BY Abigail Standish


The lady who put her bird on my lap and then asked me if I would hold her bird for a moment.


Somewhere, a fantasy tale set in the middle ages is missing it’s loveable-ey dull giant who runs ‘round unknowingly causing chaos in the kingdom. This elephantine escapee seemed to be heavily drunk off of some modernly strong booze and in consequence was deeply discombobulated. We can’t blame him though, alcohol in the modern day is much stronger that he’d been used to in the time and place he came from. Anyway, sporting a limp mohawk in a pony-tale under a ball-cap, He walked onto the bus with a 4 foot traffic cone hanging off one thumb and a length of loose gauze wrapped around the other. After he plopped himself into two of the seats in the "reserved for passengers with disabilities section", he placed his traffic cone on a third seat. He proceeded by pretending to take a phone call. I know he was pretending because he placed the speaker on his cheek, two inches below his ear. Among other senseless blubberings into the wrong part of his phone, he repeated two phrases: "49 dollars, it ain't easy money!" and "true facts.... true facts". His phone call came to an end and he sat in silence for a few minutes. Eventually, he decided it was time to use his traffic cone as a megaphone and yell into it "ARE WE THERE YET?" He got off at the next stop but not before welcoming the new-coming passengers with a very cordial "Welcome aboard ladies and gentlemen!"


One night, I could not find sleep and so walked myself down to the bus stop with the intention of getting on whichever bus came next. This is where and when I witnessed two characters who struck me as miraculously similar to characters written by Samuel Beckett (who I assume you’ve all read). Not familiar with Beckett? Have a different favourite Irish Absurdist? That’s okay, I’ll give you the lowdown. Clov and Hamm, written by Beckett, are two old men in an empty room. Hamm is nearing death but death will not come as quickly as he wishes. Clov is his caretaker, pushing Hamm around in the large chair to which he is bound. My real-life versions of Hamm, the dying, and Clov, the caretaker, manifested themselves in the form of a middle-aged son and a parent whose losing of life had so overcome them that they appeared to be genderless. The parent, who I’ll refer to as Real Life Hamm, lay in a massive wheelchair, blanketed, so clearly in a kind of pain which can only make one wish for death. Real Life Hamm was moaning, at the top of his lungs, “WHY, WHYYY, WHYYYYY.” In the play, Hamm says “I see my light dying”. I could see this genderless human flicker and fade with every yell. I think he was trying to keep himself alive with each yell, or was he sounding a final succession of barbaric yawps like Whitman so eloquently endorses? There’s plenty more to be said about what Beckett was saying and about what I saw and felt on that bus but what I’m getting at is this: if fictional absurdism can be so perfectly replicated in real life, how absurd is absurdism really and is absurdity normality? I kinda think so. I’ve never encountered anything I don’t find absurd.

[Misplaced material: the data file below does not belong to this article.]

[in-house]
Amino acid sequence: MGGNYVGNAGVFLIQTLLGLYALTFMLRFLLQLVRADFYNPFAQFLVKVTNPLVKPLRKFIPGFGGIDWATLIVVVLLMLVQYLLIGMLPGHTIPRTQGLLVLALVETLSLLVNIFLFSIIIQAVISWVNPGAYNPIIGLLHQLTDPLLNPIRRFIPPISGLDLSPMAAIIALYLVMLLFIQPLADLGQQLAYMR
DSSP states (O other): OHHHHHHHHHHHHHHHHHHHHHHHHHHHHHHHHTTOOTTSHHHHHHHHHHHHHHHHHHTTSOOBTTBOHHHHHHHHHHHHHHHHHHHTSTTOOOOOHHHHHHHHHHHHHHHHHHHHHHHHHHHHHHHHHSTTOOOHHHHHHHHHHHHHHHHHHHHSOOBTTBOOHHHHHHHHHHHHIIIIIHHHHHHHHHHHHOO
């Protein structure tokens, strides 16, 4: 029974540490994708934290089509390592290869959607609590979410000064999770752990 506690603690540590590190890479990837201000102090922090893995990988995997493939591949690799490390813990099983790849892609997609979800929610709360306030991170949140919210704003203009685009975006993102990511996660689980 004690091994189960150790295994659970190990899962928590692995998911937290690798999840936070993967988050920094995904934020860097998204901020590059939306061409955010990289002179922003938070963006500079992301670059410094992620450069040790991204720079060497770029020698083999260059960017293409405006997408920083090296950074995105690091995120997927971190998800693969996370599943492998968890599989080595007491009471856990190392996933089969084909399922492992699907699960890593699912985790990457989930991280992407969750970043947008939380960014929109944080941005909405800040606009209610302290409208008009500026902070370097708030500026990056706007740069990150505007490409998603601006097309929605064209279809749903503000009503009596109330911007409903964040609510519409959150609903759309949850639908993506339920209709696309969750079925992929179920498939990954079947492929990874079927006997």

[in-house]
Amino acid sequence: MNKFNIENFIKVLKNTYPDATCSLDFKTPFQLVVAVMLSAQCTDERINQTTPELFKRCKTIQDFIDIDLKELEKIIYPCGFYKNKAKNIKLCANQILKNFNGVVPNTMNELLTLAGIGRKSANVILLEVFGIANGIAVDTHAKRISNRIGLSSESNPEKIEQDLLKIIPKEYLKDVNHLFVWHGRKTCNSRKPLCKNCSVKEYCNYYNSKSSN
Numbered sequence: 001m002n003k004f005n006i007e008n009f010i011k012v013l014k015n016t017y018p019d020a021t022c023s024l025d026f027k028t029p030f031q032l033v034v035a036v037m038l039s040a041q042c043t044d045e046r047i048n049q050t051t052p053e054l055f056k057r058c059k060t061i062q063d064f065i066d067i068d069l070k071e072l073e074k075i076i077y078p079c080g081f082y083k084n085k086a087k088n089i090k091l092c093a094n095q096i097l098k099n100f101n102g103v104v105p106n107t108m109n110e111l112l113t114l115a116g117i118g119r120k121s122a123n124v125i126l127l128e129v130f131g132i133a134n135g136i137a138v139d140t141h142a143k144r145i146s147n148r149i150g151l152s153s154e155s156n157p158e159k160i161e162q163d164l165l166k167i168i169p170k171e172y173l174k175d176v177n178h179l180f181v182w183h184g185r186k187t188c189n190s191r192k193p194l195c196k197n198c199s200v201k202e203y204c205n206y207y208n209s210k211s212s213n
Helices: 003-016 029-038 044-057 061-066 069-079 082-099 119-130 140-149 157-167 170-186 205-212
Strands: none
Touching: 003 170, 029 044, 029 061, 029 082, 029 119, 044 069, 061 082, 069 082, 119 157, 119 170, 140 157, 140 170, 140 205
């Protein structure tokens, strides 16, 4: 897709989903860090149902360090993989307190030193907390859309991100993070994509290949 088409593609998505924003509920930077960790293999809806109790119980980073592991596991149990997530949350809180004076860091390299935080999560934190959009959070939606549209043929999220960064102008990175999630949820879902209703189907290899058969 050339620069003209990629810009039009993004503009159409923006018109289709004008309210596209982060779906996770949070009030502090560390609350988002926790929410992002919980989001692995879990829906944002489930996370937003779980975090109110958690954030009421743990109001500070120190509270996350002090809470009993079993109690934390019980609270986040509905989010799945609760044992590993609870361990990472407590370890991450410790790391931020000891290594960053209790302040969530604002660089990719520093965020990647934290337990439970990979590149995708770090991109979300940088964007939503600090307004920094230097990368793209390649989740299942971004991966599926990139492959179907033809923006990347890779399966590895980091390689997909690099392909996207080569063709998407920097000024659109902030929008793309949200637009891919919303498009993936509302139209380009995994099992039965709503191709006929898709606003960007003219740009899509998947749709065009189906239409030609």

Last year, on a bus, I fell in love with a stranger. Real love, not a tiny crush. I know tiny crushes well- I get about a hundred of those a day, and this was not one. This was real-live love, guys. I was staring into space when he and his halo of curls walked onto the bus and into my field of vision. Our eyes held each other’s for about 8 seconds and in those seconds, I saw a lifetime of us together. I looked away first and we never spoke to each other. A year has passed and I wonder about him every day.

Here’s the thing: public transport is a medium through which I find myself connecting to the humanity around and inside of me. It makes me fall in love. It begs important and trying questions: How absurd is absurdism, really? Why did that lady put her bird on my lap? Why did she choose me to hold her bird? Does she regularly impose her bird onto people? Which realm did that giant man come from and has he found his way back?

I also find it endearing that bus drivers, who are our complete strangers, do exactly what our parents used to do for us: pick us up and drop us safely off. Shall I liken the other bus passengers to our siblings in the car with us, or is that too mushy-gushy?

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